As growth in the UK’s working age population slows, the role of education in driving forward productivity becomes increasingly important.
The last few weeks have seen millions of teenagers across the nation receive their exam results. For many this will be a cause for celebration as they relax and enjoy the last of summer before beginning their next step. For others, now is a period of reflection, softened by a deluge of support reminding them that a single examination result does not determine their future.
It is true that the academic route is not for everyone, and nor should it be in a dynamic and complex modern economy, however analysis by the IFS has shown that the level of education inevitably improves lifetime earnings. The government itself seems to be aware that there needs to be an improvement in transitioning young school leavers to employment, with the announcement last year that an additional three million apprenticeships are to be created. Despite this a recent House of Lords report concluded that the vocational route remained confusing for both young people and employers, with many drifting into employment with “no real prospect of progression”.
Although the UK economy has transformed dramatically in the past few decades, our education system has not adapted. What we are left with is arguably a “one size fits all” model of education, which leaves far too many behind. Data collected on the socio-economic status of young people sitting their GCSE examinations confirm this:
Free school meals are often used as a proxy for student background, on account of them being offered to students whose parents are on low incomes. The above chart highlights how a considerably smaller percentage of students who receive free school meals will achieve 5 or more A*-C grades than their peers. The divide is even more pronounced when we consider gender and ethnicity, with white boys in receipt of free school meals performing the worst academically compared to any other group.
In the current system, GCSE results can determine where and what you can study at the next stage of your education. Poor results can have an adverse impact on your immediate and long-term future. As a result, too many young people leave full time education without developing the skills necessary to achieve their potential in the labour market.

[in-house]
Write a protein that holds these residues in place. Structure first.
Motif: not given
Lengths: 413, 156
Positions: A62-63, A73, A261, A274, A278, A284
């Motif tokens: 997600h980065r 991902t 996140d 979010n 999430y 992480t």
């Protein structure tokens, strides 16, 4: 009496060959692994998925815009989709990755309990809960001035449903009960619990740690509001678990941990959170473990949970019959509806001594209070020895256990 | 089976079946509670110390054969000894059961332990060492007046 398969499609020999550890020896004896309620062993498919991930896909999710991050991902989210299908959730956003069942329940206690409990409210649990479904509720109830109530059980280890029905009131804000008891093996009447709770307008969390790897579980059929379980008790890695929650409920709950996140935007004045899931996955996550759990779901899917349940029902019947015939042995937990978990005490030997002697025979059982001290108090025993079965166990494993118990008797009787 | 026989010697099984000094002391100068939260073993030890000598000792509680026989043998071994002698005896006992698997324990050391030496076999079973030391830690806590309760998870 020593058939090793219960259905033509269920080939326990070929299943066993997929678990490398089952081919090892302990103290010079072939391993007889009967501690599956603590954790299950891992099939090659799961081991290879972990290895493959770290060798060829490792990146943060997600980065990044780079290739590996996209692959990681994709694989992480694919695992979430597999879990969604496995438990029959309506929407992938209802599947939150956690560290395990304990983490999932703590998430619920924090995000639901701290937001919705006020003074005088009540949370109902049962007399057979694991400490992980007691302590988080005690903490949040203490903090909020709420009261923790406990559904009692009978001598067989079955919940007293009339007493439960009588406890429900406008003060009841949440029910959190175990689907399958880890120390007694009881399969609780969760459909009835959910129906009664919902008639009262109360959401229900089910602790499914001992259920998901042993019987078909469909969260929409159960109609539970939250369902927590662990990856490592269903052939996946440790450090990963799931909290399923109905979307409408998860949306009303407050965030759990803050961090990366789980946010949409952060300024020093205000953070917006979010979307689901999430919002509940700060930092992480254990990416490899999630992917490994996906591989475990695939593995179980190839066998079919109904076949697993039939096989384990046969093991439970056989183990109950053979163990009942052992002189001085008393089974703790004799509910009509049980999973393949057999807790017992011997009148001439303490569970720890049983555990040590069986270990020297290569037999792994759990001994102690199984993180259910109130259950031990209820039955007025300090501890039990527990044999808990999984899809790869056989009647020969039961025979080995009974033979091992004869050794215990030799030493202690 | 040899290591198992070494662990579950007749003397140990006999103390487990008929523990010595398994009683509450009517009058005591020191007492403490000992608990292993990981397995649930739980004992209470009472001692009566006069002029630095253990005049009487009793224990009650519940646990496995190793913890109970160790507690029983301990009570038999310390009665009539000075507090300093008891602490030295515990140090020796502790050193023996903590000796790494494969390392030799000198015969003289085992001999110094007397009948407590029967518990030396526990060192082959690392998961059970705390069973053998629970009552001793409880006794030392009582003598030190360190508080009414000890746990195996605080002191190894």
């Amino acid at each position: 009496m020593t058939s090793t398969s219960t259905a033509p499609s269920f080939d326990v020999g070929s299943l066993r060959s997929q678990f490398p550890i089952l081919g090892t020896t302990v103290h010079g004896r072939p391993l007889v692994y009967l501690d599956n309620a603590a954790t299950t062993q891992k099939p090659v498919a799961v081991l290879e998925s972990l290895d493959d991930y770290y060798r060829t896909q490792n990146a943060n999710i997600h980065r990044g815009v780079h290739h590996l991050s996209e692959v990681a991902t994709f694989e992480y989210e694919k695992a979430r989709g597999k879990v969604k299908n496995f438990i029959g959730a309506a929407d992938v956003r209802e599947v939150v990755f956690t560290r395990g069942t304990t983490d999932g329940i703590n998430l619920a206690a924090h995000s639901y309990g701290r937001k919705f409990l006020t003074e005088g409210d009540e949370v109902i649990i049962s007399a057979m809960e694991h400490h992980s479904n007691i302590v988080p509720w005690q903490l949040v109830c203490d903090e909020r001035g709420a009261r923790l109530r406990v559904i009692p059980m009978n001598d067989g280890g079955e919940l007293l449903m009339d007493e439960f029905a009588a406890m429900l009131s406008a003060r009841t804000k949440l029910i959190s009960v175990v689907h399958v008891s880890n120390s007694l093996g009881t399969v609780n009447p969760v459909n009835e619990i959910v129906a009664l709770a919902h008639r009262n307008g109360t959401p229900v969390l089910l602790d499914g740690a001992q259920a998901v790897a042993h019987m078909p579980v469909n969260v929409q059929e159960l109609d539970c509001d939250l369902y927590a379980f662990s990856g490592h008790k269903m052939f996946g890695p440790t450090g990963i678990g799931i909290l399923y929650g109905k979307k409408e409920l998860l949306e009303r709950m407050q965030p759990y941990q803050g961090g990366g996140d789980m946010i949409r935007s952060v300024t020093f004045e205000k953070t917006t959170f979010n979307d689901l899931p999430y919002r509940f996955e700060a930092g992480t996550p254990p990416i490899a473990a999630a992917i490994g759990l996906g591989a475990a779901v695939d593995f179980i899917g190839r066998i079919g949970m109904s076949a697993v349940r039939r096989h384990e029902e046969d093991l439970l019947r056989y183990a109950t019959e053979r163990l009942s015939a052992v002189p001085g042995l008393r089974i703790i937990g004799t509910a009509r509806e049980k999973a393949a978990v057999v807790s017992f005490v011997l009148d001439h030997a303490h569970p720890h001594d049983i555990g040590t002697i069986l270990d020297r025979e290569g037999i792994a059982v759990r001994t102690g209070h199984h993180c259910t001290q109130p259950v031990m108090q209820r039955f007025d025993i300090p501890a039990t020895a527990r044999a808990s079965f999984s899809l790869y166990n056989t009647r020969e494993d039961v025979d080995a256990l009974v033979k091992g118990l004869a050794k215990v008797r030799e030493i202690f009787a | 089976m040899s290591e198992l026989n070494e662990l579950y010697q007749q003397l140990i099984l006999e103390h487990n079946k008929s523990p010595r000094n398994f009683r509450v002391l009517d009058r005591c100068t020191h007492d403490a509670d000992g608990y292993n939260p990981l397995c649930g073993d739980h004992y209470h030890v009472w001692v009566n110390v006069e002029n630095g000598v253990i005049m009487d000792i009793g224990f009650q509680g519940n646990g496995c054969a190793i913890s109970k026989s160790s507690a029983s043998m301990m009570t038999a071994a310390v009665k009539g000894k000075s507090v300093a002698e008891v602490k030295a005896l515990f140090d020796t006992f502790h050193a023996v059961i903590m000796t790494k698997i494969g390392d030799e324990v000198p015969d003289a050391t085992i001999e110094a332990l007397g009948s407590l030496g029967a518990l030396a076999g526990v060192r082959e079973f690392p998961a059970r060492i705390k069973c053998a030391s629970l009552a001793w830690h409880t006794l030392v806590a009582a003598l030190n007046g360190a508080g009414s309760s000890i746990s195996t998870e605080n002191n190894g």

According to the OECD, young people in the UK have some of the lowest cognitive skills when compared to other developed nations. Over a quarter of 16-29 year olds are recognized as having poor numeracy skills, while almost 18% have poor literacy skills. These are the base skills that many occupations require. This could lead young people to struggle just to gain entry into the labour market and even when they do find employment, there will be limits on their productivity and obstacles to their progression.
Increasing the school leaving age to 18 and a new emphasis on apprenticeships suggest that the government is aware the current system isn’t working for many students, but there is a lot of work left to do. A recent report by Teach First has found that students from a poor background are being discouraged from pursuing vocational apprenticeships, due to the complex nature of applications and the perception that apprenticeships are low paid. The same socio-economic conditions which have caused divisions in academic education are still just as visible in vocational education.
We must keep in mind the wider consequences of poor educational attainment in an ageing society. The UK has seen productivity stagnate for many years now, but with an ageing population, the proportion of workers to older people is going to fall. It is imperative that a slowing growth in the labour force can be offset by increasingly productive workers, and this begins with ensuring that our education system is working for the young.
This area deserves more research, in order to direct resources and attention to the best methods of helping young people across a wide range of backgrounds to ensure educational success. The modern UK economy requires a multi-skilled and diverse workforce, and it is time our education system was better able to support these needs.
Research and Policy Intern